PARAMĀTMA SANDARBHA is the third book in the series of six treatises called Sat Sandarbhas or Bhāgavata Sandarbha. In the first of these, Tattva Sandarbha, Śrī Jīva Gosvāmī begins his exposition with a discussion of epistemology, establishing Srimad Bhāgavata Purāna as the most authoritative means of valid knowing (pramāņa) in the matter of the self-disclosure of Absolute Reality. Having done so, he proceeds to examine the contents of the book to determine the knowable (jñeya). Taking up the topic of ontology (prameya), he inquires into the nature of the signified Reality (sambandhi-tattva), the means of Its immediate realization (abhidheya), and the end to be achieved in regard to that Reality (prayojana). To do so, he analyzes the samadhi of Śrīla Vyāsadeva, which contains the gist of the essential teachings of śrīmad Bhāgavata Purāņa. In the state of supracognitive absorption (samādhi), Absolute Reality was self-disclosed to Vyāsa as Bhagavān Śrī Krsna, replete with varieties of energies.


Vyāsa directly witnessed that among the potencies belonging to the Supreme Personal Absolute, Śrī Krsņa, His extrinsic energy, māyā, was situated apart from Him, while yet entirely supported by Him (tad-apāśraya). Vyāsa also saw the individual living beings, the jīvas, as conscious integrated parts of the Complete Whole, Bhagavān. Although the jīvas are beyond the insentient gunas of māyā, they become identified with those guņas due to māyā's influence and are thus subjected to the miseries of phenomenal existence. It was further disclosed to Vyāsa that the yoga of unalloyed devotion (bhakti) to Bhagavān Śrī Krsna is the direct means of transcending such material identification, establishing the pure self in its intrinsic identity and relation with its conscious source.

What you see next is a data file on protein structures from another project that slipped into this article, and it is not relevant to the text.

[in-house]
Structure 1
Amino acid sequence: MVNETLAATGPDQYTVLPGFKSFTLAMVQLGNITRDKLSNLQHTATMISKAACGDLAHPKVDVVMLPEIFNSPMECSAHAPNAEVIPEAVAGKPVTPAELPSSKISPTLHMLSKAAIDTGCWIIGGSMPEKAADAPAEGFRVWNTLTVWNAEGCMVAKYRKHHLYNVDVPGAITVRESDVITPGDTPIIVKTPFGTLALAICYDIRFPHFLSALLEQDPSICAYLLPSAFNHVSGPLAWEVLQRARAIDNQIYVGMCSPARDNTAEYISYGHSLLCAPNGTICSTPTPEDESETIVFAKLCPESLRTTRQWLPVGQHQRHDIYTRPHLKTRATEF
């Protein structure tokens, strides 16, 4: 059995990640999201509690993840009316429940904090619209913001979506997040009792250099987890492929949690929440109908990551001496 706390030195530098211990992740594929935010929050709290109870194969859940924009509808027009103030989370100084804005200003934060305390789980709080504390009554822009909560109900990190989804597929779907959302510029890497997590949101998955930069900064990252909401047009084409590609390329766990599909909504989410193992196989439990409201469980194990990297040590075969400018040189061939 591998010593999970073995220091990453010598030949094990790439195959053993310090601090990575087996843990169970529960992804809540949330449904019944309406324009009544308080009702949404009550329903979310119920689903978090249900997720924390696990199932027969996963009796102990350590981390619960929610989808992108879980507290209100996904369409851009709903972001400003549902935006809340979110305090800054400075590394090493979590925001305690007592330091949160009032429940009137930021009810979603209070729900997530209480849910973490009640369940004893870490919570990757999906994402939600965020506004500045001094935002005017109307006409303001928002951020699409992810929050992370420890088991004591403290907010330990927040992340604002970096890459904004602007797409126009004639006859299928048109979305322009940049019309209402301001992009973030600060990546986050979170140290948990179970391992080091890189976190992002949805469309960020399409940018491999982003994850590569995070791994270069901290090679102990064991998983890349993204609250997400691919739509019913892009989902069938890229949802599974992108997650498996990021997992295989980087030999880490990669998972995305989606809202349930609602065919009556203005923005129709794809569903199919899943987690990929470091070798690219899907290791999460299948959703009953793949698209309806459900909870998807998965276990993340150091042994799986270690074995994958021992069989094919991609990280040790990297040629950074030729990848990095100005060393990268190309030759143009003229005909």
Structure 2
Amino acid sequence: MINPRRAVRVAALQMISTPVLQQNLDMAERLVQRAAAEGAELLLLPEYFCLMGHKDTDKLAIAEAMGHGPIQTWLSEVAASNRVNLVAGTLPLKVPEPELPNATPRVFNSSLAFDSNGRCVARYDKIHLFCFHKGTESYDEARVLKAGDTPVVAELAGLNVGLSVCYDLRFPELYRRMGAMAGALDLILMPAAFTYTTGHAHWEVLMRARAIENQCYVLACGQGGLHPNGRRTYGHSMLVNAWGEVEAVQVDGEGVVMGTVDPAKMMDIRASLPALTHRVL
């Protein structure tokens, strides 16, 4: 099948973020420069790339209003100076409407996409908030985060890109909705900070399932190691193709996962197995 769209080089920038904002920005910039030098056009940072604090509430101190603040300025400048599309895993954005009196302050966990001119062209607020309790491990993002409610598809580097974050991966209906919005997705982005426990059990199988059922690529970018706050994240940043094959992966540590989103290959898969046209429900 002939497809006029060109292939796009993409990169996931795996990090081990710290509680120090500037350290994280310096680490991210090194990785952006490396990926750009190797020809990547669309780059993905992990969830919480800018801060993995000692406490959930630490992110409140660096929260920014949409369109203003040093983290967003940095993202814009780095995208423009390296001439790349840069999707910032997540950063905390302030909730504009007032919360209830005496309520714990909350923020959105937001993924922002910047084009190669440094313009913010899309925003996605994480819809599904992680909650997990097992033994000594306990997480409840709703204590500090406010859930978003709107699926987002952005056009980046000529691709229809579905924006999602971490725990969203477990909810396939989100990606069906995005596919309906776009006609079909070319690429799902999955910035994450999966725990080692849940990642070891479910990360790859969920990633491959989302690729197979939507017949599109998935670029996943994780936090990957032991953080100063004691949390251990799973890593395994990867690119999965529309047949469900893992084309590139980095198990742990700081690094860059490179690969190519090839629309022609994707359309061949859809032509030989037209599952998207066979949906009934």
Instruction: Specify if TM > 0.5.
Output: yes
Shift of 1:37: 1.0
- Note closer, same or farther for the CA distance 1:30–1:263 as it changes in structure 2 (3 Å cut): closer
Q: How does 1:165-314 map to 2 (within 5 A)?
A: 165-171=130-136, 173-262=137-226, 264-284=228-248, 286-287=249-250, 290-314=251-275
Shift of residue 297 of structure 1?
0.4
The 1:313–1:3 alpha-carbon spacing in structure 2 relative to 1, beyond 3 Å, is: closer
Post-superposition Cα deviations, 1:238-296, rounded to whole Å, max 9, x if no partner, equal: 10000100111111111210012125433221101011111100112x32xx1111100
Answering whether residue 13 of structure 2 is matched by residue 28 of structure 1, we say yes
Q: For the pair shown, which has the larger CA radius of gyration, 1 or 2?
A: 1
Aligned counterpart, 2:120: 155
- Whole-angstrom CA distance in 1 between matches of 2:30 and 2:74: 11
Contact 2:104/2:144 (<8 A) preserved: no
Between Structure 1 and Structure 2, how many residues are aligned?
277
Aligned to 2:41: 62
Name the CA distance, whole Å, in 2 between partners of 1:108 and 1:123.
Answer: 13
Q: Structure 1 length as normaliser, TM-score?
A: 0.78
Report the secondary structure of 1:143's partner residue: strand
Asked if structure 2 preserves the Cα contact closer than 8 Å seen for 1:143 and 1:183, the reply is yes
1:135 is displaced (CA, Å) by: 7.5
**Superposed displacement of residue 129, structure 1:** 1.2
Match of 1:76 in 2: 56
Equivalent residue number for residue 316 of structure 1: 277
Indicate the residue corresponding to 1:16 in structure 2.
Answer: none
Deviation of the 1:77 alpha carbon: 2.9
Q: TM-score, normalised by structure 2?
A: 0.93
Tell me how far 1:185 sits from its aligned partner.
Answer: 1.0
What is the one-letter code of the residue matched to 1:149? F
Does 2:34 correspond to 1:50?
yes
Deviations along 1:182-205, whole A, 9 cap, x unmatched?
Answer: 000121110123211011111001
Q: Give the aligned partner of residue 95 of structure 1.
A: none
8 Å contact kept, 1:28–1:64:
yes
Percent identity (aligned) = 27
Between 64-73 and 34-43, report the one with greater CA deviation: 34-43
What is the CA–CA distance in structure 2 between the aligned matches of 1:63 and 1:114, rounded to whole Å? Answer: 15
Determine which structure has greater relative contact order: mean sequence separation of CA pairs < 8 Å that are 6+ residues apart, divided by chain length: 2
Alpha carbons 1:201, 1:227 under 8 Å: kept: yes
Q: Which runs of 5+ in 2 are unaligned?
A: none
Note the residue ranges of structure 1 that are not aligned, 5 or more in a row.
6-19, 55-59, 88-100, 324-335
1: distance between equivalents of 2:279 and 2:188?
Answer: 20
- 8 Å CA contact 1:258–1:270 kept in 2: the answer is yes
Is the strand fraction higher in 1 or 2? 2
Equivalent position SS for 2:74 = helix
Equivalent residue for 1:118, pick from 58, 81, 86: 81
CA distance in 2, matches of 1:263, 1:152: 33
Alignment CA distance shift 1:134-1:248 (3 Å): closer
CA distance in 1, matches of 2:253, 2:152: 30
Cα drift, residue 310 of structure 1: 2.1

This is the core teaching of Bhāgavata Purāņa and also of the Şaț Sandarbhas, which represent an analysis of the essential topics of Bhāgavata Purāņa. In particular, Śrī Jīva cites verse 1.1.2 of the Bhāgavatam to outline its primary subject - that is, knowledge of the Supreme Immutable Reality (vāstava-vastu). The nature of this Reality is specified further in the seminal vadanti verse (SB 1.2.11) from which Tattva Sandarbha as well as the following two Sandarbhas, Bhagavat and Paramātma, derive their names. This Reality, or tattva, is nondual consciousness (jñānam advayam) and is referred to as Brahman, Paramātmā, and Bhagavān. Śrī Jīva Gosvāmi expands on this verse in the concluding portion of Tattva Sandarbha and the two Sandarbhas that follow.


In the second book, Bhagavat Sandarbha, Śrī Jīva Gosvāmī demonstrates that Bhagavān, the transcendent Absolute replete with personhood, qualities, form, and action, is the most complete manifestation of the Absolute Reality, while Paramātmā and Brahman are but partial manifestations of that same truth. Reality is one only, but it manifests primarily in three aspects to three different types of spiritual seekers - as the qualified Absolute, Bhagavān, to the devotional transcendentalists, as the Immanent Self, Paramātmā, to the yogis, and as the unqualified Absolute, Brahman, to the jñānīs. From this perspective, Brahman realization amounts to nothing other than the immediate intuition of the Absolute known as Bhagavān, yet divested of His intrinsic qualities, potencies, and form. Paramātmā is a partial manifestation of Bhagavān who animates prakrti for the evolution and regulation of the cosmos. Realization of Bhagavān naturally includes awareness of the other two, and thus Bhagavān is considered to be the most complete manifestation of Absolute Reality (tattva).


**Contents and Sample Pages**